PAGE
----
New Castle News

Wilmington

January 7, 2013

‘Emotional Night’: Wilmington mourns young crash victim

NEW WILMINGTON — The grieving process continues for the Wilmington High School community.

Shane McQuiston, a 15-year-old sophomore at Wilmington, was killed in a single-vehicle accident late Friday evening.

It didn’t take long for those in the community to band together to honor his life. Students took to social networking sites to organize a “white out” at Saturday night’s boys basketball game at Wilmington. Students, cheerleaders and the basketball coaches wore white shirts in a sign of support. Even though the Greyhounds lost the game to visiting Lakeview, 50-36, the evening offered those in — and out of — the community a chance to come together.

“It was a very emotional night, not only for the McQuistons and all the students, but for the entire community of Wilmington,” Wilmington boys basketball coach Mike Jeckavitch said. “Fans showed the love and support they have for one another.

“It was a nice start of the healing process for the McQuiston family. There are no words to ever make it feel better, but just seeing people come together, even from communities around Wilmington, was really nice to see.”

There was some doubt the game would be played, but Wilmington’s players wanted to take the court in McQuiston’s honor, even though he did not play basketball at the school.

“We had a lot of guys who were friends with Shane. They just wanted to play for him,” Jeckavitch said. “You could tell during the game, they were very emotional. They were amped to play and play for him and support his family as well.

“The time between the junior varsity and varsity games, there were not too many dry eyes. I taught him in (industrial arts) class for two years. He was close to a lot of players and to me. Shane made everybody around him better. He was a great kid and brought up in a great way.

“Our administration did a nice job to allow the game to proceed and making grief counselors available,” Jeckavitch continued. “It really brought the whole community and student body together. I am glad I was a part of it and glad I was a part of the celebration of Shane’s life.”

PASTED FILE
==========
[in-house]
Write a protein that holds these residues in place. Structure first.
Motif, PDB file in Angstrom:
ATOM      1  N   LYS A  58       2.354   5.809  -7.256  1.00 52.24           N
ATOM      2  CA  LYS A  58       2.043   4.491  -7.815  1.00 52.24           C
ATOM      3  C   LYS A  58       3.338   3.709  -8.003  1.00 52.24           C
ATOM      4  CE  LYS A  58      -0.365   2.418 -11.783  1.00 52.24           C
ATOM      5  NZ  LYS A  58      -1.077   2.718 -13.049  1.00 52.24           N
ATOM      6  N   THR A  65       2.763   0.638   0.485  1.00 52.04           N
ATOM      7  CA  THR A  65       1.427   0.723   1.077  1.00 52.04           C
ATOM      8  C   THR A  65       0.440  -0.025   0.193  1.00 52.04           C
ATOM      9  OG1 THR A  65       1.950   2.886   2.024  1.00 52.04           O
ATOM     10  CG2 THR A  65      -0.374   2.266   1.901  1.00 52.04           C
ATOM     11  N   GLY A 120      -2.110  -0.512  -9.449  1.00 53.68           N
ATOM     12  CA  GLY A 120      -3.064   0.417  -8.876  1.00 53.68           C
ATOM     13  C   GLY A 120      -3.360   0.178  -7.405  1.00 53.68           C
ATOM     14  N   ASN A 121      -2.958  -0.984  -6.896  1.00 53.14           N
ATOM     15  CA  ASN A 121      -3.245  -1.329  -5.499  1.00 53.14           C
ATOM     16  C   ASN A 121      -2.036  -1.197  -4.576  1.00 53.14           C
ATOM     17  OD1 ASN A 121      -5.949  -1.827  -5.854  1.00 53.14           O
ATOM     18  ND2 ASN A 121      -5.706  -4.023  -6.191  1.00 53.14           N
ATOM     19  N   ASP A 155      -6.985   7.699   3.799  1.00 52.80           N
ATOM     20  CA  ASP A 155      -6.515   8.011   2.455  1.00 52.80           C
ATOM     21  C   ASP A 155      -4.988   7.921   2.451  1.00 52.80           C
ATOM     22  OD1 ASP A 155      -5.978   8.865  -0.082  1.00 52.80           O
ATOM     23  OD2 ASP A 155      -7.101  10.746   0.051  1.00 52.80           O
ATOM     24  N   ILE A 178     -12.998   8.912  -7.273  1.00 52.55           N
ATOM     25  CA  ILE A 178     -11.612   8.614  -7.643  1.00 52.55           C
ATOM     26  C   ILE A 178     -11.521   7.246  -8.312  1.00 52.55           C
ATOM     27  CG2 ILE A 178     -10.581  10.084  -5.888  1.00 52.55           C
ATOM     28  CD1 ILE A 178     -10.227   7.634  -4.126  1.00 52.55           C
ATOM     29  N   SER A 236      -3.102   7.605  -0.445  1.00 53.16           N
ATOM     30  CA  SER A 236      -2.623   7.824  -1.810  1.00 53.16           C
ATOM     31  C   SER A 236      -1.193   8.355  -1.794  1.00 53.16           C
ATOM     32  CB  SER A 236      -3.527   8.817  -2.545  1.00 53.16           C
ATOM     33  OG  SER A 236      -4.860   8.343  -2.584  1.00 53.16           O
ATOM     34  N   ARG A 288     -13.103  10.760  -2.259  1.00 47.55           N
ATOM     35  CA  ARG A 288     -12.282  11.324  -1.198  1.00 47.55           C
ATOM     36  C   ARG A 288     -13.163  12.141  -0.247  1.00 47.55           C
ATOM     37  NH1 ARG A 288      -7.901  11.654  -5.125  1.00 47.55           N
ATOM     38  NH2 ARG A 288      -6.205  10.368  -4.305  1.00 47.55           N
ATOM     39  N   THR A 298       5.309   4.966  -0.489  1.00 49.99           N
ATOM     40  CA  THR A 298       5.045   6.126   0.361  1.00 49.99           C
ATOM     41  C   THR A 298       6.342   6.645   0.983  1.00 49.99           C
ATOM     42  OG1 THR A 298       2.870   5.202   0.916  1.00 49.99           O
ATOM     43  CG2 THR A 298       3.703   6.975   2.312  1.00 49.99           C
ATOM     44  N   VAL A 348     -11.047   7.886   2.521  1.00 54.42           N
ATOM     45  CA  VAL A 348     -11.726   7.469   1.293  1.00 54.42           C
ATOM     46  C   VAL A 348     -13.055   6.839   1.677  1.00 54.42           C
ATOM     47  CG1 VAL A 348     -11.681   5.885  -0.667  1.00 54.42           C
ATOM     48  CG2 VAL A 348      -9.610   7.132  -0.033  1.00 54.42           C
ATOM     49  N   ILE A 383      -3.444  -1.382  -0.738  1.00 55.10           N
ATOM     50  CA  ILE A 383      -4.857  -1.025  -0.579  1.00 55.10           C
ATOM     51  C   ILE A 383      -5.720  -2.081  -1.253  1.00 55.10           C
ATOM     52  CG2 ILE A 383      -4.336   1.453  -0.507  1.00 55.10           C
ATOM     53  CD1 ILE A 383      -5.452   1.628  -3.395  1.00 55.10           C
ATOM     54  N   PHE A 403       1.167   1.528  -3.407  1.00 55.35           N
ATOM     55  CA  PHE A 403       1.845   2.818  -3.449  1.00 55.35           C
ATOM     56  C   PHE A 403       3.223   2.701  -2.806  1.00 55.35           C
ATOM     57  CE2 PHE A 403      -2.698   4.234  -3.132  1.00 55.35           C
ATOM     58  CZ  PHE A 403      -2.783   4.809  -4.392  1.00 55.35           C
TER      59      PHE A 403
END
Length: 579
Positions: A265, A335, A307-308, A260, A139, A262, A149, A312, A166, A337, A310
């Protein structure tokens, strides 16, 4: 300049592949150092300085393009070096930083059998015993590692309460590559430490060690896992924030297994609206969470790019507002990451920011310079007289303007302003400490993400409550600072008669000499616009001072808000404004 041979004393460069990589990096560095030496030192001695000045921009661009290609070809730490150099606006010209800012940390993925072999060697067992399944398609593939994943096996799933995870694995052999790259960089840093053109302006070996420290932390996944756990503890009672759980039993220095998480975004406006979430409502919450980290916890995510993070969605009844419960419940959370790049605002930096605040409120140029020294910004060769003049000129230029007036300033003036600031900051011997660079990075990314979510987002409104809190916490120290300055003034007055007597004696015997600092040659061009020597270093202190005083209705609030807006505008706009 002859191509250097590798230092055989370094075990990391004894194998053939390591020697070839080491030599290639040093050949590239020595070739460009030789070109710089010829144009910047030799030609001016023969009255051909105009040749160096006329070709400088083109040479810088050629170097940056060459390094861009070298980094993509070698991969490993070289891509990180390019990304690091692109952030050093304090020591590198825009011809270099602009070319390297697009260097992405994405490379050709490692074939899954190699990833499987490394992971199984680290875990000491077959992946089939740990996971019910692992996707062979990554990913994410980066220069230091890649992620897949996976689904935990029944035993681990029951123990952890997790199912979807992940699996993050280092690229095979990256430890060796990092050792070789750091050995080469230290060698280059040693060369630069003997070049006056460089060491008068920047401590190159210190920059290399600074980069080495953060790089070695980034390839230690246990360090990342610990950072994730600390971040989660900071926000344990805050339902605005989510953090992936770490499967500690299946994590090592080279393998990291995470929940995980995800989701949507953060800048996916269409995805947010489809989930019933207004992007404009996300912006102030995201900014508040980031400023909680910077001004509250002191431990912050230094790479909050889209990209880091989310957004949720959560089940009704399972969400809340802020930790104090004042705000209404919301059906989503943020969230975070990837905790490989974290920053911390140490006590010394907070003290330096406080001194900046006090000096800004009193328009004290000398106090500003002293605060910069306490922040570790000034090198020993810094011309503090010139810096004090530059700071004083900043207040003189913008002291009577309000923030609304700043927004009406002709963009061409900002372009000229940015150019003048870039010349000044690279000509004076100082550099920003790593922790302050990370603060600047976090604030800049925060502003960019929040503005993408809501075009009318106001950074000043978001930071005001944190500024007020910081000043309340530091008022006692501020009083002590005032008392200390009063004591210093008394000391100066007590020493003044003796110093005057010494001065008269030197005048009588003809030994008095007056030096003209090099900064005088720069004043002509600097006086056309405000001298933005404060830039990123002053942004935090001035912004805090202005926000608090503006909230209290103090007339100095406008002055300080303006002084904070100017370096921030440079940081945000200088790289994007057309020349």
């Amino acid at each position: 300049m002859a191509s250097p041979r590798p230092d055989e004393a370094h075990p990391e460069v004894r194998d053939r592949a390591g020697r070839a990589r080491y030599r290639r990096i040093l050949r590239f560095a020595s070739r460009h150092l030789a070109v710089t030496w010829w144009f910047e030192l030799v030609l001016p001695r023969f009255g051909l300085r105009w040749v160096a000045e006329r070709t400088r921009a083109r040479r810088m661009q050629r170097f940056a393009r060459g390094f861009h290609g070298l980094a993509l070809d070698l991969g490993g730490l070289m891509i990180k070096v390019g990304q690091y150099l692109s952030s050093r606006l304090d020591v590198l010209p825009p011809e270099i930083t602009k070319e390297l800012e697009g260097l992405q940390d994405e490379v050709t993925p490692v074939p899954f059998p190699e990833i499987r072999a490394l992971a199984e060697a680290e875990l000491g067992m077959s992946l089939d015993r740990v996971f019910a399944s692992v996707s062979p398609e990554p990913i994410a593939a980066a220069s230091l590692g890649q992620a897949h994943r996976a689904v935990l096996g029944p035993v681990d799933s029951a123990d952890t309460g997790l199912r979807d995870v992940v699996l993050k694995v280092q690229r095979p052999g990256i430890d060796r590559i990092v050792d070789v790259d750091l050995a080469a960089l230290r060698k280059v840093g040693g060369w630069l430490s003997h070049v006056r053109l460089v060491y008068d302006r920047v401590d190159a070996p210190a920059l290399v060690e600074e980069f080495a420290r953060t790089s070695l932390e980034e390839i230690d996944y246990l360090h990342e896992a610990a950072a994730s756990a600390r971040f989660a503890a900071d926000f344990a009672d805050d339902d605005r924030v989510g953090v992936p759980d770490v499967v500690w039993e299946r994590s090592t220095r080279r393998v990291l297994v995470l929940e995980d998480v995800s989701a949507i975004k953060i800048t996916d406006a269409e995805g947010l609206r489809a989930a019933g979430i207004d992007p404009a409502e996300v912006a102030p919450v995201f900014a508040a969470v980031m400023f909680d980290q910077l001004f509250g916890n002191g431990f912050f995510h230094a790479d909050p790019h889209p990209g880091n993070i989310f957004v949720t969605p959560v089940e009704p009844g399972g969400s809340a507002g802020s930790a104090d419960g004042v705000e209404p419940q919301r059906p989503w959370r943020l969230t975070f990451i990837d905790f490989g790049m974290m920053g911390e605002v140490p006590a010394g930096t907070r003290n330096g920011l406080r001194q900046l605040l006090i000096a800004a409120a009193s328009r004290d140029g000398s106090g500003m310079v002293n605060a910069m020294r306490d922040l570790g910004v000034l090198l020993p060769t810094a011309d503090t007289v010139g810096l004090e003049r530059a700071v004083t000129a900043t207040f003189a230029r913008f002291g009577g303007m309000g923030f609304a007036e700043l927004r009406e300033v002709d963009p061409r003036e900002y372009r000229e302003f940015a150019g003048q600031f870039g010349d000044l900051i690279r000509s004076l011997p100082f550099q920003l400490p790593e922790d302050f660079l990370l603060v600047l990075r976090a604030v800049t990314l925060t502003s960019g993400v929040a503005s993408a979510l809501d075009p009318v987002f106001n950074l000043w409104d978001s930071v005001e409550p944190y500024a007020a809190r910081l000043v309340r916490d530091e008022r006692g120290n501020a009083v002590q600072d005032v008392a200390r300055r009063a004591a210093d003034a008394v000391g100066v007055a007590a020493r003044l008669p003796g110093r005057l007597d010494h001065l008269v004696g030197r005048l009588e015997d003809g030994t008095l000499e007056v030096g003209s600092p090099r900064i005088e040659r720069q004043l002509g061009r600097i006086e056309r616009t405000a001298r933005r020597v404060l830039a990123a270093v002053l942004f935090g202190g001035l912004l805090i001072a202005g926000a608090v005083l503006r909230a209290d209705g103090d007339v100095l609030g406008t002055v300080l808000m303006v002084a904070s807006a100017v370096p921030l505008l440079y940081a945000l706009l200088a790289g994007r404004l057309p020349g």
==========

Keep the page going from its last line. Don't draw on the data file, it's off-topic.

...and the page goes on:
While McQuiston did not play basketball, he did participate on the ’Hounds’ golf team the past two years.

“Shane was always determined,” Wilmington golf coach Jamie Canciello said. “He always seemed to look toward the positive, especially on the golf course. He was very close with his teammates.

“The tribute Saturday was wonderful. The gym was sold out and there were people standing in the hallways. It gave the kids a chance to have an outlet to talk about any feelings they were having. We were fortunate to have that. Our administration was wonderful. A lot of the teachers were there; counselors were there; a lot of students from other schools were there, too. I think that speaks volumes for the kind of person Shane was.”

McQuiston played trumpet for Wilmington’s marching band and baritone horn in the school’s concert band. He had been selected to participate in tomorrow’s Lawrence County All-Star Band Concert at Westminster College’s Orr Auditorium. Around 20 Wilmington band members will participate in the 7:30 p.m. concert and wear white ribbons to honor McQuiston.

“We’re all going to band together in school (today) and talk through ways we’d like to remember him,” Wilmington band director Jon Nickel said. “We’re going to retire his band uniform and put it on display at the school. We have a mid-winter concert at the school on Feb. 20 that we’ll dedicate in his memory as well.

 “Shane was always the center of attention. He had a very open personality and was very welcoming. He offered a lot of comic relief. He certainly loved the band.”

Nickel, too, was awed by the outpouring of support he witnessed Saturday night.

“The entire band was there,” he said. “It was definitely heartwarming seeing that. We’ll continue to honor him (tomorrow night). It’s nice they can make music in his memory.”

A Facebook tribute page for McQuiston was established last night. It generated nearly 600 “likes” in the first four hours it was online.

 

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